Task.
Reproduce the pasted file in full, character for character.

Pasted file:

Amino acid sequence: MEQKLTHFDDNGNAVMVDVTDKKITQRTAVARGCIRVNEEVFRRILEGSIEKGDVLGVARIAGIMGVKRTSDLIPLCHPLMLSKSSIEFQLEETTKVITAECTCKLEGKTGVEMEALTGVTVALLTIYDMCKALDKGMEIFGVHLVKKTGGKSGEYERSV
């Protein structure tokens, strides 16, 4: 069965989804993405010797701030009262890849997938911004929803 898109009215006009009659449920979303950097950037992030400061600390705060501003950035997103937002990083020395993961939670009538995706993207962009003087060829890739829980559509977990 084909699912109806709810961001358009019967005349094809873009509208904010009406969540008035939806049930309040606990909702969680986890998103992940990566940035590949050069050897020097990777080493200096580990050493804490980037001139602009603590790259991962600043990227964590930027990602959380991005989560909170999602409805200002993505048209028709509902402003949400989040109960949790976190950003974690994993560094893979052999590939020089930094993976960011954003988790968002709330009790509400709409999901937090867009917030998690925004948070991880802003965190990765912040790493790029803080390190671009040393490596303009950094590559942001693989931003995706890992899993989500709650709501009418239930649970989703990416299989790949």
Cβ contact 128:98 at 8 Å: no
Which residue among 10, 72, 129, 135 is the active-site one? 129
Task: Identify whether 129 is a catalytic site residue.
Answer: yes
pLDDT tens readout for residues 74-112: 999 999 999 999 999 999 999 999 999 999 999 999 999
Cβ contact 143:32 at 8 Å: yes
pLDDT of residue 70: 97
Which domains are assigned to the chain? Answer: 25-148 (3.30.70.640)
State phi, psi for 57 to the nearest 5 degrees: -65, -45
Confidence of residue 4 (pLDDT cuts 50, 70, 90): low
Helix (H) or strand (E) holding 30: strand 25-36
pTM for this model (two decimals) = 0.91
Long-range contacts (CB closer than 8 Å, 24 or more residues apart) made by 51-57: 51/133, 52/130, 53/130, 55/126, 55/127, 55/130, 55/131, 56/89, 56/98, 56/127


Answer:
Amino acid sequence: MEQKLTHFDDNGNAVMVDVTDKKITQRTAVARGCIRVNEEVFRRILEGSIEKGDVLGVARIAGIMGVKRTSDLIPLCHPLMLSKSSIEFQLEETTKVITAECTCKLEGKTGVEMEALTGVTVALLTIYDMCKALDKGMEIFGVHLVKKTGGKSGEYERSV
């Protein structure tokens, strides 16, 4: 069965989804993405010797701030009262890849997938911004929803 898109009215006009009659449920979303950097950037992030400061600390705060501003950035997103937002990083020395993961939670009538995706993207962009003087060829890739829980559509977990 084909699912109806709810961001358009019967005349094809873009509208904010009406969540008035939806049930309040606990909702969680986890998103992940990566940035590949050069050897020097990777080493200096580990050493804490980037001139602009603590790259991962600043990227964590930027990602959380991005989560909170999602409805200002993505048209028709509902402003949400989040109960949790976190950003974690994993560094893979052999590939020089930094993976960011954003988790968002709330009790509400709409999901937090867009917030998690925004948070991880802003965190990765912040790493790029803080390190671009040393490596303009950094590559942001693989931003995706890992899993989500709650709501009418239930649970989703990416299989790949």
Cβ contact 128:98 at 8 Å: no
Which residue among 10, 72, 129, 135 is the active-site one? 129
Task: Identify whether 129 is a catalytic site residue.
Answer: yes
pLDDT tens readout for residues 74-112: 999 999 999 999 999 999 999 999 999 999 999 999 999
Cβ contact 143:32 at 8 Å: yes
pLDDT of residue 70: 97
Which domains are assigned to the chain? Answer: 25-148 (3.30.70.640)
State phi, psi for 57 to the nearest 5 degrees: -65, -45
Confidence of residue 4 (pLDDT cuts 50, 70, 90): low
Helix (H) or strand (E) holding 30: strand 25-36
pTM for this model (two decimals) = 0.91
Long-range contacts (CB closer than 8 Å, 24 or more residues apart) made by 51-57: 51/133, 52/130, 53/130, 55/126, 55/127, 55/130, 55/131, 56/89, 56/98, 56/127